Mike Konczal’s wonky take on the “Occupy Homes” anti-foreclosure offshoot of the Occupy movement reminds me of the first thing I ever wrote about the Great Recession, back before I really understood that’s what I was writing about. I was on staff at The Atlantic in late 2007, and was headed to Miami for separate reasons and an editor there suggested that it would be good to get a piece reported from there on mass foreclosure neighborhoods. I cited a study noting that “every foreclosure reduces the value of all other houses within an eighth of a mile by about 1 percent, as the sight of vacant property scares off potential buyers.” At the time, however, we weren’t anticipating the kind of prolonged vacancies Konczal talks about here:
I don’t think we’ve heard enough from the neighbors of the abandoned homes that were reclaimed in these events. I talked with one of the neighbors of the house that was reclaimed in East New York as it was happening, and he told me that the house had sat vacant for a few years. Contractors doing nearby demolition work would come in the middle of the night and dump bags of garbage on the house’s front lawn because they knew it was empty. There would be broken sinks, glass, bricks and other garbage that couldn’t sit there, since there were many kids in the area. So the neighbors would have to get together and haul off the materials.
He also brought up that he’d have to shovel the snow in front of the place during the winter, since there were many older folks in the community as well, and the banks weren’t going to keep the sidewalks clear. He expressed concern that someone with a chemical dependency could set up shop in the house. As the neighbor put it, “what if at 1 or 2 in the morning the person’s drugs run out? They step outside, and maybe an older person is walking by themselves down the street. That could escalate into a bad situation.” Or maybe a fire started, which spread to the roofs of the other connected row houses? The Occupy crew that went in to clean the place found extensive black mold – the banks left the place to rot.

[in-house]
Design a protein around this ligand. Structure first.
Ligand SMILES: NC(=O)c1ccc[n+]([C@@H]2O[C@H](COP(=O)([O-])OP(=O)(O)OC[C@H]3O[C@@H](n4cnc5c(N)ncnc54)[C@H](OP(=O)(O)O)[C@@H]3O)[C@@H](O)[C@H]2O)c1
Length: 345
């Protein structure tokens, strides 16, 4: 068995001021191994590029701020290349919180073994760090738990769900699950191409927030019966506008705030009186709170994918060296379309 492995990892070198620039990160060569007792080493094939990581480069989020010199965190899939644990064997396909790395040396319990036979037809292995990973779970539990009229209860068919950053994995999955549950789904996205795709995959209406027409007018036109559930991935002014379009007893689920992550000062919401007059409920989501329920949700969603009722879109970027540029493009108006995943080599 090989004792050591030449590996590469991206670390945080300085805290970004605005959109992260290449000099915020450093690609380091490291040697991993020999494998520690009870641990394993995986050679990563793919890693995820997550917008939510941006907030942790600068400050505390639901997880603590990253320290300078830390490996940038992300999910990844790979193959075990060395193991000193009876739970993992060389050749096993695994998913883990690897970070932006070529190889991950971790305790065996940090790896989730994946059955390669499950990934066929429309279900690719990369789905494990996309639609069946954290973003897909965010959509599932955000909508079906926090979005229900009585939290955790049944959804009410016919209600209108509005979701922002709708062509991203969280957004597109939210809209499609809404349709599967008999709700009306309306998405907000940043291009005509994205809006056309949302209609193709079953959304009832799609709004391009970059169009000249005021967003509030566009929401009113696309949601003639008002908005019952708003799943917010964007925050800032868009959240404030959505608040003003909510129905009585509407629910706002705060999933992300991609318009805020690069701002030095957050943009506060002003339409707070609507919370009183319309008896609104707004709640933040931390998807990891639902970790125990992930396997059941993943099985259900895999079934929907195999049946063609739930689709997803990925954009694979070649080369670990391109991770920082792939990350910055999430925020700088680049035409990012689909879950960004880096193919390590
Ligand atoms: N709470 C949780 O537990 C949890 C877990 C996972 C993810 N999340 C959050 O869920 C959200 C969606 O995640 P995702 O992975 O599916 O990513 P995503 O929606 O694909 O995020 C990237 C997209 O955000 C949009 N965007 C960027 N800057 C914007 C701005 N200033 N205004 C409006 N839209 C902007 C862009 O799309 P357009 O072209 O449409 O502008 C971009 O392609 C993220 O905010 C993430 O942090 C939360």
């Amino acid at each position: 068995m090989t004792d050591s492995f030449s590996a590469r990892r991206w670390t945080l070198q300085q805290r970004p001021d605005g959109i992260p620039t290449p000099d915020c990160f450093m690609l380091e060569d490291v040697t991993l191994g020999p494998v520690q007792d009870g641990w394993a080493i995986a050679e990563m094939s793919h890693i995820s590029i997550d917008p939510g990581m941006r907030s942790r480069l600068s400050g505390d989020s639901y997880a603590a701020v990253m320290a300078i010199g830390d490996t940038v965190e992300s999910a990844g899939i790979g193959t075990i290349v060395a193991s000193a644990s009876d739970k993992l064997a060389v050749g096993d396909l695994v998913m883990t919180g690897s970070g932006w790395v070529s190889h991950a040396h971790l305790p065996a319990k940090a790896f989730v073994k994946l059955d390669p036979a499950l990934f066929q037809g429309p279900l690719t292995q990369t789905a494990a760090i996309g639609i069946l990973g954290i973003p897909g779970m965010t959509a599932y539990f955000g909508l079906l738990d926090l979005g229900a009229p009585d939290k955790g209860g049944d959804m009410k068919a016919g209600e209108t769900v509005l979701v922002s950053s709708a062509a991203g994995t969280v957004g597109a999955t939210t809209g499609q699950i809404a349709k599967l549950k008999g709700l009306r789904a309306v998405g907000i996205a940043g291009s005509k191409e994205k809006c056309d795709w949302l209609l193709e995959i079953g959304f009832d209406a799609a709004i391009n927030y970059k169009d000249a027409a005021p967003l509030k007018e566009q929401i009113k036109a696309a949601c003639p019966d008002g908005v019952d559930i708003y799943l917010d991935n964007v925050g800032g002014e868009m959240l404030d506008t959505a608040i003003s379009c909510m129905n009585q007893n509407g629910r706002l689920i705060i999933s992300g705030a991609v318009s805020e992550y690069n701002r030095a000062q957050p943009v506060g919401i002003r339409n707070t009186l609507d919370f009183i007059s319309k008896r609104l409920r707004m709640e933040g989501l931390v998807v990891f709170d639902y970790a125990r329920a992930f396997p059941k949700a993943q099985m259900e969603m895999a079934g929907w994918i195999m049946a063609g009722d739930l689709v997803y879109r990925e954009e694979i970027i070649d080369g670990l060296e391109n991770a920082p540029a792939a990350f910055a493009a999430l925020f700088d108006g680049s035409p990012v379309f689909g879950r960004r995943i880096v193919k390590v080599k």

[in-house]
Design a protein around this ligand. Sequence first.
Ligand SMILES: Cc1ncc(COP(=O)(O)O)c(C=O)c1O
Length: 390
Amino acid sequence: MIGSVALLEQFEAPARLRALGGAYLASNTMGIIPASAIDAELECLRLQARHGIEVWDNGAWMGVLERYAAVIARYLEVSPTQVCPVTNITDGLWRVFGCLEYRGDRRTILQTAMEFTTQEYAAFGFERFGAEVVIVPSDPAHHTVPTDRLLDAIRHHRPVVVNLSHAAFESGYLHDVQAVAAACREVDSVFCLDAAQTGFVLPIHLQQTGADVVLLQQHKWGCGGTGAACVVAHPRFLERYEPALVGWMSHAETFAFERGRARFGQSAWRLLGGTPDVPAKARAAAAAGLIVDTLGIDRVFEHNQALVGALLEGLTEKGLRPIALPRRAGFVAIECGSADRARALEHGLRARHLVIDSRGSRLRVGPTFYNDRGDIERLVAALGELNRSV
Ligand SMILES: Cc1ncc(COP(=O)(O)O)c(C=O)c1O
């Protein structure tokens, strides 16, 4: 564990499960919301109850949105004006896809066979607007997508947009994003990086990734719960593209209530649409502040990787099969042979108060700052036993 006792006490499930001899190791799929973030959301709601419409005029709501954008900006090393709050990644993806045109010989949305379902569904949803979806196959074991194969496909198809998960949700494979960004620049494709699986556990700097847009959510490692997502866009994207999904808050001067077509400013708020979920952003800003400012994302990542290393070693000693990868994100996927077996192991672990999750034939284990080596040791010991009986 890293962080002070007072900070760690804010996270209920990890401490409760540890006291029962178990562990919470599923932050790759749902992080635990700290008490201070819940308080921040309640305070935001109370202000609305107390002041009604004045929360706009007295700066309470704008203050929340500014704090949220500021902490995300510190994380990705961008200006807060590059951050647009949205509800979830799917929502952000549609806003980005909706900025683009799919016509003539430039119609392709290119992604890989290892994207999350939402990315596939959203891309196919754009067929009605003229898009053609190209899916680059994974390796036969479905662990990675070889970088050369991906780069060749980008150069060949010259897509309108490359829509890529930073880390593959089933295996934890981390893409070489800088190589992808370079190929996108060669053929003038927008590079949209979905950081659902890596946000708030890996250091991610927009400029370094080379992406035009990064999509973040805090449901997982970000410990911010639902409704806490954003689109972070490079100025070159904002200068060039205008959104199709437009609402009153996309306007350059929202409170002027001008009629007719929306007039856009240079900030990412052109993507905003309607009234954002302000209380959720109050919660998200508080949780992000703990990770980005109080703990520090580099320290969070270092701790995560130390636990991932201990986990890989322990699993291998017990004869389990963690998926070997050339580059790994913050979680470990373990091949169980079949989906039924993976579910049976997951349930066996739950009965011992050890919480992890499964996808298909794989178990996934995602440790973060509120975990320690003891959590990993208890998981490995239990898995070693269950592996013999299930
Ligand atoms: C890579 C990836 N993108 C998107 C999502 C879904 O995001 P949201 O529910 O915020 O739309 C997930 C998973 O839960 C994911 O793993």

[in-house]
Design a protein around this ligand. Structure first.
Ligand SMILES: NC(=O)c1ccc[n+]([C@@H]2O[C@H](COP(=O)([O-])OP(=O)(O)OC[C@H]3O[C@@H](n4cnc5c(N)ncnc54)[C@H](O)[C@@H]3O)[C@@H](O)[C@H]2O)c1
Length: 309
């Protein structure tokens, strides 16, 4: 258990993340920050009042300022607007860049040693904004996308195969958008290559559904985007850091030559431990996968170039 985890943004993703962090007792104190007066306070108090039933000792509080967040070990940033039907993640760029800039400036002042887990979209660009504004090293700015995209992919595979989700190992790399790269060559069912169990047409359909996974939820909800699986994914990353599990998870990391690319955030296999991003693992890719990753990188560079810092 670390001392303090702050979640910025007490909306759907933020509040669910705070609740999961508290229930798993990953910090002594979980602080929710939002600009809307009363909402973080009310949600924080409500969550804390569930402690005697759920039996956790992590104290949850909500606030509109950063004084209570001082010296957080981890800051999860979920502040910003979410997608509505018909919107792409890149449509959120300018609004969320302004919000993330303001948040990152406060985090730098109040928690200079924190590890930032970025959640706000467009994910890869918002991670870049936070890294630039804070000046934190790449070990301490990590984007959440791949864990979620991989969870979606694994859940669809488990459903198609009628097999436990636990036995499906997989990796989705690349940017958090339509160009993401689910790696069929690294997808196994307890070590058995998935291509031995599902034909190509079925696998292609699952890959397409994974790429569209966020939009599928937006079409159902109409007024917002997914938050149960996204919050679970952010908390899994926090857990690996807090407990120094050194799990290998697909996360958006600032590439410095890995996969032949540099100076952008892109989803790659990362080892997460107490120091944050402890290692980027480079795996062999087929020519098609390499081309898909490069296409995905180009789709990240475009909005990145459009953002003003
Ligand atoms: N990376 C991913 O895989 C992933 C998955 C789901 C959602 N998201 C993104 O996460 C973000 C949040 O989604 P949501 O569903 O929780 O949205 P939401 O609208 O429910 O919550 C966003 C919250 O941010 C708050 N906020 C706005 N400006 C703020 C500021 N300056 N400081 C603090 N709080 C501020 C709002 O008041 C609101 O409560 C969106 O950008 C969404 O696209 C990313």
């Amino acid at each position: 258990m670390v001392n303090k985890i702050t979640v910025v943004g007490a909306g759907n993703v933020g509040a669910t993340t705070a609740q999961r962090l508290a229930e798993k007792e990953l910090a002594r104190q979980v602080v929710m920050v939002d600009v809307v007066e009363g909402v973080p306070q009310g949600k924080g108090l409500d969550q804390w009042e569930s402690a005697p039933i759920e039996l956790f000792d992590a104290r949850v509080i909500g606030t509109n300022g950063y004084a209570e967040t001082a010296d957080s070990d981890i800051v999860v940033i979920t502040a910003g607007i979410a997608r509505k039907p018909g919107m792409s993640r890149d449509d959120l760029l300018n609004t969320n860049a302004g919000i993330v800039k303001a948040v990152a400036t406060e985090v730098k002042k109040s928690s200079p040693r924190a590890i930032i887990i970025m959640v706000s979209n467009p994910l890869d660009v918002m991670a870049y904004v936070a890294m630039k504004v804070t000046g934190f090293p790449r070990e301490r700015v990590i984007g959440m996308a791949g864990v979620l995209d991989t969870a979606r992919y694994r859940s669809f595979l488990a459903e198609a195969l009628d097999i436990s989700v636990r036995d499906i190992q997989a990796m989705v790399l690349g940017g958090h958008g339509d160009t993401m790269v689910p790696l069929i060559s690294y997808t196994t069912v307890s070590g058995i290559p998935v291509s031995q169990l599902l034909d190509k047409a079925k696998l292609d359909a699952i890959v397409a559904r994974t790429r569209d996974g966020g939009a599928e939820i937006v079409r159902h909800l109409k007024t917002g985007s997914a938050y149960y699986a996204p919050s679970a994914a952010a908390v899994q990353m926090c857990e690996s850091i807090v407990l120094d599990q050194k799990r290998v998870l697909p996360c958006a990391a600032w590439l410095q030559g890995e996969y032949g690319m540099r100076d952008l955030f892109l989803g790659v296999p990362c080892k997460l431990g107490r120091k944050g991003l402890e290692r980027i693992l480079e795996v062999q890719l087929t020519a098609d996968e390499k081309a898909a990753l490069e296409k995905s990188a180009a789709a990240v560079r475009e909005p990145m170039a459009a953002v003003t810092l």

These kind of scenarios are of course familiar to those of us who’ve lived for years in urban neighborhoods spotted with vacant homes. Sometimes there’s nothing you can do about this. But it’s tragic and absurd to turn a home from inhabited to vacant against the wishes of its occupants. If a family loses a home and then the home gets sold to someone new, that’s a household-level tragedy. But if a family loses a home and then the home stands empty to rot, that’s a waste and a neighborhood tragedy. Having it happen all across the country is a disaster.